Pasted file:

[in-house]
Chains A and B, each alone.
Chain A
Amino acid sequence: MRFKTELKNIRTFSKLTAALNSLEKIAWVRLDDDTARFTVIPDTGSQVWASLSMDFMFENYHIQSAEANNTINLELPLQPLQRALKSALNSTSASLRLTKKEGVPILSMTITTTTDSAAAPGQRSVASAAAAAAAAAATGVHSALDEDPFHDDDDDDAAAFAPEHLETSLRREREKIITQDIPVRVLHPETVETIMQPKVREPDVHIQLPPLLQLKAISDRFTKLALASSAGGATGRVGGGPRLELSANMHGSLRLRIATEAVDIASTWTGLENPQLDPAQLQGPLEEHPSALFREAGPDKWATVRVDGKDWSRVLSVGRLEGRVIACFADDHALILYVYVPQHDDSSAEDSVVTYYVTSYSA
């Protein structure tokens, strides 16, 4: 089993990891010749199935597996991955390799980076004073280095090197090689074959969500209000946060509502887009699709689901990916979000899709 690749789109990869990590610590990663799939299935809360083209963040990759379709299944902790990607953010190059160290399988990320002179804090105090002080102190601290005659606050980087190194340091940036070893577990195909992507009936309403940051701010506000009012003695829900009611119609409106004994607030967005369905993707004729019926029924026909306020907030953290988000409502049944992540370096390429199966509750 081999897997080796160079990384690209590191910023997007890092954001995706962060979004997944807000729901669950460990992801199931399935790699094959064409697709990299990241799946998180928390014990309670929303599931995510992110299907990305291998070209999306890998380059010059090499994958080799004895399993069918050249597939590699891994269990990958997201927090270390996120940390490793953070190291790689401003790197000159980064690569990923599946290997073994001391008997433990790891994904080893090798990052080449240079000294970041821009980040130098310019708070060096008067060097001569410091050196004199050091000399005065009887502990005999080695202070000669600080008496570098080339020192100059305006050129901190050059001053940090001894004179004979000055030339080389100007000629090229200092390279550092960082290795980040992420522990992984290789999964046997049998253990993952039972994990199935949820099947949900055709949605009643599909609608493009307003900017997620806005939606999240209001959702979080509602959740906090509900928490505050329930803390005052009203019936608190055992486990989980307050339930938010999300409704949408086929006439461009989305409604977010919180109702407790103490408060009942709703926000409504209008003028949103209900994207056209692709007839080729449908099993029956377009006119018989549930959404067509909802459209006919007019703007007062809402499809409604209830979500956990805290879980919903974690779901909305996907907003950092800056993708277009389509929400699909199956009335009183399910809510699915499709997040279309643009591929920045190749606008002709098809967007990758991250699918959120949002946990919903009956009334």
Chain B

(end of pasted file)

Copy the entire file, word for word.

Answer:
[in-house]
Chains A and B, each alone.
Chain A
Amino acid sequence: MRFKTELKNIRTFSKLTAALNSLEKIAWVRLDDDTARFTVIPDTGSQVWASLSMDFMFENYHIQSAEANNTINLELPLQPLQRALKSALNSTSASLRLTKKEGVPILSMTITTTTDSAAAPGQRSVASAAAAAAAAAATGVHSALDEDPFHDDDDDDAAAFAPEHLETSLRREREKIITQDIPVRVLHPETVETIMQPKVREPDVHIQLPPLLQLKAISDRFTKLALASSAGGATGRVGGGPRLELSANMHGSLRLRIATEAVDIASTWTGLENPQLDPAQLQGPLEEHPSALFREAGPDKWATVRVDGKDWSRVLSVGRLEGRVIACFADDHALILYVYVPQHDDSSAEDSVVTYYVTSYSA
């Protein structure tokens, strides 16, 4: 089993990891010749199935597996991955390799980076004073280095090197090689074959969500209000946060509502887009699709689901990916979000899709 690749789109990869990590610590990663799939299935809360083209963040990759379709299944902790990607953010190059160290399988990320002179804090105090002080102190601290005659606050980087190194340091940036070893577990195909992507009936309403940051701010506000009012003695829900009611119609409106004994607030967005369905993707004729019926029924026909306020907030953290988000409502049944992540370096390429199966509750 081999897997080796160079990384690209590191910023997007890092954001995706962060979004997944807000729901669950460990992801199931399935790699094959064409697709990299990241799946998180928390014990309670929303599931995510992110299907990305291998070209999306890998380059010059090499994958080799004895399993069918050249597939590699891994269990990958997201927090270390996120940390490793953070190291790689401003790197000159980064690569990923599946290997073994001391008997433990790891994904080893090798990052080449240079000294970041821009980040130098310019708070060096008067060097001569410091050196004199050091000399005065009887502990005999080695202070000669600080008496570098080339020192100059305006050129901190050059001053940090001894004179004979000055030339080389100007000629090229200092390279550092960082290795980040992420522990992984290789999964046997049998253990993952039972994990199935949820099947949900055709949605009643599909609608493009307003900017997620806005939606999240209001959702979080509602959740906090509900928490505050329930803390005052009203019936608190055992486990989980307050339930938010999300409704949408086929006439461009989305409604977010919180109702407790103490408060009942709703926000409504209008003028949103209900994207056209692709007839080729449908099993029956377009006119018989549930959404067509909802459209006919007019703007007062809402499809409604209830979500956990805290879980919903974690779901909305996907907003950092800056993708277009389509929400699909199956009335009183399910809510699915499709997040279309643009591929920045190749606008002709098809967007990758991250699918959120949002946990919903009956009334």
Chain B